We assume direct, unconcentrated sunlight. Most of the setups considered in this paper consist of a solar absorber and a thermal emitter placed on top of each other. (e.g., see Fig. 1e). We assume that the absorber and the emitter have the following angle-selective characteristics: the solar absorber exhibits absorption only for incident sunlight within the solid angle of the sun and exhibits no absorption outside the solid angle of the sun. Hence, the view factor of the solar absorber towards the sun is f = 2.18 × 10−5. Such an angle restriction ensures that the solar absorber performs at the same theoretical limit as the limit for full concentration1,7,50,51. The thermal emitter is assumed to have zero emissivity/absorptivity within, and unity emissivity outside, the solid angle of the sun. Hence, the view factor of the thermal emitter with respect to outer space is 1 − f. Consequently, there is no radiative exchange between the solar absorber and the thermal emitter. Moreover, both the solar absorber and thermal emitter can utilize the entire solar and thermal radiation spectrum for energy harvesting purposes.

Fig. 1: Shockley–Queisser limit for simultaneous energy harvesting.
figure1

a Schematic of a solar cell working under positive illumination conditions. The cell is maintained at a temperature of 300 K. b Schematic of a solar cell working under negative illumination conditions. The cell is maintained at a temperature of 300 K. c Schematic of a solar cell working under positive illumination conditions combined with radiative cooling. The cell is thermally insulated from the ambient environment, and the temperature is purely determined by the radiative heat exchange, with an equilibrium temperature of 319 K. d Schematic of a solar cell working under negative illumination conditions combined with solar heating. The cell is thermally insulated from the ambient environment, and the temperature is purely determined by the radiative heat exchange, with an equilibrium temperature of 2601 K. e Schematic of a combined system that utilizes both positive illumination and negative illumination. The system is maintained at a temperature of 300 K. f Schematic of a combined system that utilizes both positive illumination and negative illumination. The system is thermally insulated from the ambient environment, and the temperature is purely determined by the radiative heat exchange, with an equilibrium temperature of 2601 K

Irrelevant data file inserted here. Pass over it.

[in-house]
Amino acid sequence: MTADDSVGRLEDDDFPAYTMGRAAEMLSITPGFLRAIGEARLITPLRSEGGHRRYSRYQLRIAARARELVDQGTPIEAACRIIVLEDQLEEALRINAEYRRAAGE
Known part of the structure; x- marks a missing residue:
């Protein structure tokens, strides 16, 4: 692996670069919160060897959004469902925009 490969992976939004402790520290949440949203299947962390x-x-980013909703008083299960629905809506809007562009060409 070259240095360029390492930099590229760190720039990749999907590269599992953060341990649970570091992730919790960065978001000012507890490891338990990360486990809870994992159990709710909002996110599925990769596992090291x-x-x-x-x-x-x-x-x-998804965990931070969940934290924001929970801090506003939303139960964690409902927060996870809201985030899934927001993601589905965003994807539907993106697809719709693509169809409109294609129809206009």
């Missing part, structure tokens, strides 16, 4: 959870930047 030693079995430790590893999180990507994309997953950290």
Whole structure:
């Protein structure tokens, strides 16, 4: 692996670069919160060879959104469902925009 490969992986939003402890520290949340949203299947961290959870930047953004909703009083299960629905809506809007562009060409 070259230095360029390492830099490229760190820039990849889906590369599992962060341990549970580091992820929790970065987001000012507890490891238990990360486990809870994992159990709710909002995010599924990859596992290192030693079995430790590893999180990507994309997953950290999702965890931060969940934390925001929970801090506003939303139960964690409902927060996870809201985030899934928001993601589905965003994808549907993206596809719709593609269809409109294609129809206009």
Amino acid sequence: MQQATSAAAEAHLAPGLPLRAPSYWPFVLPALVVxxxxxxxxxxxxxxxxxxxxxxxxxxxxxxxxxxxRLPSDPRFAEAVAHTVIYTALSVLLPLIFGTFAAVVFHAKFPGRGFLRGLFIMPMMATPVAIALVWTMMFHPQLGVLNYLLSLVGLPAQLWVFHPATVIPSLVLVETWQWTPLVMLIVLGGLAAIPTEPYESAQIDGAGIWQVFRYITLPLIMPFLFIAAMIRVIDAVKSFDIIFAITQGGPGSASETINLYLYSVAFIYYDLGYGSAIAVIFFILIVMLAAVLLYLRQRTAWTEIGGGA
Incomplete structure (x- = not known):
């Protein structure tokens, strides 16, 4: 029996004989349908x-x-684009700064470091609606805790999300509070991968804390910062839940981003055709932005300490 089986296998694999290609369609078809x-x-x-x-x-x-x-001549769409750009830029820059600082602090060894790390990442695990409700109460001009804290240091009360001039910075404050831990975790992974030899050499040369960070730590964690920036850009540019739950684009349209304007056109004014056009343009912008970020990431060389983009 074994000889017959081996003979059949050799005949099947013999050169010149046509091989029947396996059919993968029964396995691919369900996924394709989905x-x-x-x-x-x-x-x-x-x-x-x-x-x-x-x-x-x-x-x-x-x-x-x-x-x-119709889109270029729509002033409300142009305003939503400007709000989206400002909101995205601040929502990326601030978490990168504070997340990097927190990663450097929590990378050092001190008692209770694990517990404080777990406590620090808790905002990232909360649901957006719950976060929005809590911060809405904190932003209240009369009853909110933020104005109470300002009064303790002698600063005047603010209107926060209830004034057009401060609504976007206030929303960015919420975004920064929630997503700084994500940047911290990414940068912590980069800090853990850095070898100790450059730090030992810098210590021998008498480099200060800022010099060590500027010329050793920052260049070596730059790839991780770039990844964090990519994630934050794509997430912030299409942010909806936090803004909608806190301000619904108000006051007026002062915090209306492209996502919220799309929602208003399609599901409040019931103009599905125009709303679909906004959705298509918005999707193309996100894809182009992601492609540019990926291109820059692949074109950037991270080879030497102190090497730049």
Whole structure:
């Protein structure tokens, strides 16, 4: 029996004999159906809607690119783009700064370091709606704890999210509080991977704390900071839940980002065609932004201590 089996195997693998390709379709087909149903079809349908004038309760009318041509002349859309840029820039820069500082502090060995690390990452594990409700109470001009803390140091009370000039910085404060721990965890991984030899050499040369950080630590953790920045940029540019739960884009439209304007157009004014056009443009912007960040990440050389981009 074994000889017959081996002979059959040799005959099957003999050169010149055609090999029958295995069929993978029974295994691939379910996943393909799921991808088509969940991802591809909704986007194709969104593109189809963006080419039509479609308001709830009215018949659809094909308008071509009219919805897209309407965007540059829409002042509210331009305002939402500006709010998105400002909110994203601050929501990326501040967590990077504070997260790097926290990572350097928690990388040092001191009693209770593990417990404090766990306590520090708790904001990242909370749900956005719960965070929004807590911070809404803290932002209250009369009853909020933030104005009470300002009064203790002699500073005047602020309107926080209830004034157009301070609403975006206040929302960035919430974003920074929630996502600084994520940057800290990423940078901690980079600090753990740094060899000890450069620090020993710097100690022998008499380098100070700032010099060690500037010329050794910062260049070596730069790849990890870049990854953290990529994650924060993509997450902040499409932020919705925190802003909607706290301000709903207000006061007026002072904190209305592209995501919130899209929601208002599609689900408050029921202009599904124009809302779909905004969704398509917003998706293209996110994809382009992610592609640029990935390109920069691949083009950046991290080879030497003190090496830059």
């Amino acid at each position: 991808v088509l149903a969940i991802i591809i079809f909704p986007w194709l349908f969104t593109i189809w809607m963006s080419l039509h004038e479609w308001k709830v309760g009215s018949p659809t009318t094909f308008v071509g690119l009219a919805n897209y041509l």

In this paper, we examine a number of energy harvesting systems. These systems incorporate devices that extract power from either incoming or outgoing thermal radiation. We define a device that extracts power from incoming photon flux as a device that operates under positive illumination. An example of such a device is a typical solar cell facing the sun. Similarly, we define a device that extracts power from outgoing photon flux as a device that operates under negative illumination. An example of such a device that was recently demonstrated34,37 is a narrow-bandgap photodiode facing the night sky.

Conventionally, when solar energy harvesting is discussed, the performance is typically measured in terms of an efficiency1,2,9,49 defined as the ratio of the extracted work to the incident power from sunlight. On the other hand, in the case of energy harvesting from outgoing thermal radiation, the performance is usually measured in terms of power density33,34,35 rather than efficiency. The reason for this difference is as follows: in the solar energy harvesting case, the incident sunlight power, which is the heat input, is kept fixed. In contrast, in the case of harvesting outgoing thermal radiation, the heat input is through conduction from the ambient environment and varies according to the operating condition of the device. While one can define an efficiency for each device, it becomes more difficult to compare the efficiencies of different devices. In our case of simultaneous energy harvesting, we follow the convention for solar energy harvesting and define the efficiency as the ratio of the extracted work from the system to the incident sunlight power. Since some of our setups involve multiple work extraction processes from three temperatures, i.e., the hot sun, cold outer space and the earth, the efficiency is not constrained by the two-temperature Carnot limit between the sun and the earth, since in these schemes, there is an extra heat input from the earth.

Shockley–Queisser limit